There’s no professional qualification or academic courses for price action trading. Yet, you’re expected to know what’s going on in a market with just one input: price. Not only that, you must have a plan to trade your interpretation of price action.
Price action is simple, but being a price action trader is tough.
Here, I’ve identified five skills all price action traders should have. To be an effective price action trader, you need to first hone and eventually excel in these skills:
- Find swing pivots
- Draw trend lines
- Determine if a support or resistance would hold or fail
- Recognize buying and selling pressure
- Use realistic targets
Trading Skill #1: Find Swing Pivots
The market prices move in swings. These swings:
- Define the market structure
- Form the basis of market support and resistance
The market structure is like your battlefield. It is the terrain in which you will fight. Therefore, the more you understand it, the greater your advantage.
If you want to flow with price, follow price swings. They will show you:
- The current direction of the market; and
- Potential support and resistance.
The two examples below come from the 6E (Euro FX) futures 10-minute price action.
- Regardless of how you define swing pivots, these two points were significant swing lows. From these swing lows, we could project a support zone.
- Despite the rapid selloff, the market was halted around the support area.
- Let’s zoom into the price action of this downwards trend (between these two points) in the chart below.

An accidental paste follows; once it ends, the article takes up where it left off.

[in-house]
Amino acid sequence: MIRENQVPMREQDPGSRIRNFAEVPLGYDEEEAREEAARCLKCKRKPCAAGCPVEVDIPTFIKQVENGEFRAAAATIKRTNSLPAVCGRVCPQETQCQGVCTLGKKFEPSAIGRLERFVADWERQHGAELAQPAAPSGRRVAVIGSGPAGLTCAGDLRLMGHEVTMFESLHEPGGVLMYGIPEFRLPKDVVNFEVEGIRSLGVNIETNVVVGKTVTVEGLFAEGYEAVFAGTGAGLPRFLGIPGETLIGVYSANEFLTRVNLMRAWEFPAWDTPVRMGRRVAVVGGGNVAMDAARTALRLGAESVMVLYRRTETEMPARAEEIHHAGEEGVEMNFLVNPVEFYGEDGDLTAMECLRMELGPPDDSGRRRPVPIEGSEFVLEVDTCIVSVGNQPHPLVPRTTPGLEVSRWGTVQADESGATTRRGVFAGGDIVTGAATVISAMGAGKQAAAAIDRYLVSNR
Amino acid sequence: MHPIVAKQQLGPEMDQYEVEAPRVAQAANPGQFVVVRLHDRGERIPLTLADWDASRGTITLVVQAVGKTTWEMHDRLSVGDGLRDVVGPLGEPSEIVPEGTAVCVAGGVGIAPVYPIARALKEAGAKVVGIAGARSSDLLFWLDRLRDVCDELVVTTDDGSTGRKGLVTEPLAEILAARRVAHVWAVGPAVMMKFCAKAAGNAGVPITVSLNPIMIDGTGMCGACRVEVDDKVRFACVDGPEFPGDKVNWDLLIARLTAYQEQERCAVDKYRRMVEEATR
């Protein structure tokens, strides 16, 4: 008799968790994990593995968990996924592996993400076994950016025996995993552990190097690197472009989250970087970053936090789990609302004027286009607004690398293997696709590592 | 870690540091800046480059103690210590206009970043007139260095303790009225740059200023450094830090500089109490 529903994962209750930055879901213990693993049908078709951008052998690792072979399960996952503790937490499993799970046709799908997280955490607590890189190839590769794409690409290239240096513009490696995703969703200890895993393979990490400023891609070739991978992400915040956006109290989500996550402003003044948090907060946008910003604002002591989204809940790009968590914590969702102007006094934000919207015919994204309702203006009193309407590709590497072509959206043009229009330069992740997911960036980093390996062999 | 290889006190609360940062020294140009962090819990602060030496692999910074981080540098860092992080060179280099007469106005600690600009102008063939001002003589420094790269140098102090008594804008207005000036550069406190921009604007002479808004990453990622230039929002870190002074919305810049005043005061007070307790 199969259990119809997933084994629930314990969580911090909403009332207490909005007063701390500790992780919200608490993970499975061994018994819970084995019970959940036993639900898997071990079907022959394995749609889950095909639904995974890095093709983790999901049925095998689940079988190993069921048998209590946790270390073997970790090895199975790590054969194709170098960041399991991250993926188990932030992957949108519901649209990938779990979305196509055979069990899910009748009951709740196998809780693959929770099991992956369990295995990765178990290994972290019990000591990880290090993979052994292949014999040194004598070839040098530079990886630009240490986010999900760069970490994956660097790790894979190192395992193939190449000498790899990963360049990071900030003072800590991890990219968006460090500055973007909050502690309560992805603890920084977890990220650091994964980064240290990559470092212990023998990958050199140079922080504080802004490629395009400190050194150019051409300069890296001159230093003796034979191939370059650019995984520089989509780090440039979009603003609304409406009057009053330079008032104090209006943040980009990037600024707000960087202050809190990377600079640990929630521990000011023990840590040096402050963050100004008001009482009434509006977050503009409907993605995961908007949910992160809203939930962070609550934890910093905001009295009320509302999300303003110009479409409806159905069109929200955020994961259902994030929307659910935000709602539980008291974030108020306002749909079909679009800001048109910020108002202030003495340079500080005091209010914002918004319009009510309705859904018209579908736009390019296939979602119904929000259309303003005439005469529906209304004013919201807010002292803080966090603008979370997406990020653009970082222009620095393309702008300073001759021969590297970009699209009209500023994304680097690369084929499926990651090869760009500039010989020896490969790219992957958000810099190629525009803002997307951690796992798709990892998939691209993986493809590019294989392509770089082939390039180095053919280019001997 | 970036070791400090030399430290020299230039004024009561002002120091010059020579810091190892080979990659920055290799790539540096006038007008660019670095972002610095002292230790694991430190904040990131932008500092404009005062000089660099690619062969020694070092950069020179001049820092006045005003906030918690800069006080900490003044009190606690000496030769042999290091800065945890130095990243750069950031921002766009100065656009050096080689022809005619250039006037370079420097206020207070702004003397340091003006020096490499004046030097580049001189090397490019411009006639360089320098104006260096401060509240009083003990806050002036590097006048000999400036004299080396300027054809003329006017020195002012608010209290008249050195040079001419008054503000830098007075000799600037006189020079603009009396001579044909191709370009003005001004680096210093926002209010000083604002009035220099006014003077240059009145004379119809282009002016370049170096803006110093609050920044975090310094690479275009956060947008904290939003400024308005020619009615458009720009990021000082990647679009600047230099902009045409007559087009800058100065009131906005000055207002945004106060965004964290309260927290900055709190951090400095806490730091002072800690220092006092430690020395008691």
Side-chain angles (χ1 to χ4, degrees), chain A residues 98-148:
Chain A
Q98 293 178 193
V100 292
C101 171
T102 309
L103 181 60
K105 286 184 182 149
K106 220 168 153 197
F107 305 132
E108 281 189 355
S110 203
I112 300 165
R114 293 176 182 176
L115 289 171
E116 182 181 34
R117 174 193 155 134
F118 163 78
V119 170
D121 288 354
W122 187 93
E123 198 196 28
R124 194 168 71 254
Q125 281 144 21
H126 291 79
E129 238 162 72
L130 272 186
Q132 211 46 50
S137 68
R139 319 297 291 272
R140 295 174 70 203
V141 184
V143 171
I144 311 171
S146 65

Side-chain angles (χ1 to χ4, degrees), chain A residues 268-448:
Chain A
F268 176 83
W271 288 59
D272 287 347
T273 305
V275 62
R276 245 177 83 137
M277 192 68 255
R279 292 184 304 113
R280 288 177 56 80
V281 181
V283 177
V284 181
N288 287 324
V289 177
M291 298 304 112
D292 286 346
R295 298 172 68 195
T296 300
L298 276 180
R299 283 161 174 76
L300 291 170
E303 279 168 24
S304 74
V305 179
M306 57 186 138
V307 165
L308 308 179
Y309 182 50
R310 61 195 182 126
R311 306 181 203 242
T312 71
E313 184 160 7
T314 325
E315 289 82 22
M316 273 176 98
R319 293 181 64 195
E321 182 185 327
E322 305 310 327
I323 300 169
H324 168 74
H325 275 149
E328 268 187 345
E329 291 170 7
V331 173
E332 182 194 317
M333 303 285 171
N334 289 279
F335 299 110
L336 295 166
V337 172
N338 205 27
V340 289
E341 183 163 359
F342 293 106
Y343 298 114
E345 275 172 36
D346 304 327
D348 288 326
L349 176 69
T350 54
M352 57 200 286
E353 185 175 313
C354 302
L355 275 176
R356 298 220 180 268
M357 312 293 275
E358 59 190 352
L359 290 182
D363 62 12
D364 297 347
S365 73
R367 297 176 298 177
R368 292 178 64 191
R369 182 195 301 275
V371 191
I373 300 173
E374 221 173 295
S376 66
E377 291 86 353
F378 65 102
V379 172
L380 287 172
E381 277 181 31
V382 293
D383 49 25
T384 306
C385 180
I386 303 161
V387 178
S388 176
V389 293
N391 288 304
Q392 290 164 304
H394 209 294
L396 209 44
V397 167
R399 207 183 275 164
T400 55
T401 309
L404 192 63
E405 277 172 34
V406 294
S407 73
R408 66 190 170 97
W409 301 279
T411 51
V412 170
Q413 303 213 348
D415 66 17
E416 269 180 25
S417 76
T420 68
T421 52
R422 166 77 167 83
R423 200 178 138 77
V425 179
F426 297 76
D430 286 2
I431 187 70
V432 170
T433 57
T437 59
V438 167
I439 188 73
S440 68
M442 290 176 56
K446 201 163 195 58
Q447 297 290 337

- Observe the swing highs and swing lows. They went lower and lower. Attempts to rise above the previous swing high were rejected—a clear downwards trend.
- Support area projected from the major swing lows shown in the first chart.
Here are some methods of marking swing pivots:
Like everything in trading, no method is perfect. Just pick one way to define market swings and stick to it.
Trading Skill #2: Draw Trend Lines
Drawing trend lines is the natural progression from price swings.
To get a trend line, just connect your swing pivots and extend the resulting line to the right of your chart.
Trend lines are incredibly versatile as a trading tool.
- Trend lines tell you which direction to trade with.
- Trend lines act as support and resistance.
- Trend lines give you a sense of trend momentum.
So don’t leave your trend lines behind.
Price action methods work on most time-frames. Below is a weekly SPY (SPDR S&P 500 ETF Trust) chart.
(The trend line is drawn according to a valid pivot as taught in my course.)
Learning to draw trend lines is a crucial skill for any price action trader.
Here are some resources for you to dive deeper into:
- A Simple Trend Line Channel Strategy
- A Complete Trend Line Strategy
- Trading Pullbacks With Trend Lines and Trend Channels
Finally, If you want to learn about a unique trend lines technique, take a look at Andrew’s Pitchfork. It combines swing pivots and trend lines into an elegant trading tool.
Trading Skill #3: Determine if a Support/Resistance Would Hold or Fail
Do they always fulfill their role as support and resistance? Are these supposed support and resistance levels 100% reliable?
- If you expect a support level to hold, you will buy as the market tests the support area.
- If you expect a support area to fail, you will sell as the market breaks out below the support zone.
Hold or fail. It affects your trading strategy.
Hence, judging the likelihood of a support or resistance area holding up is an essential trading skill.
The key to a correct judgment is patience. Waiting for more price action clues is the best course of action when in doubt.
- The lower swing highs and lower swing lows seem to imply a bearish turn. However, the initial downswings were weak. Observe that the first three downswings barely retraced the last swing to the trend high.
- With this solid downthrust breaking the trend line, the trend line support might have been broken.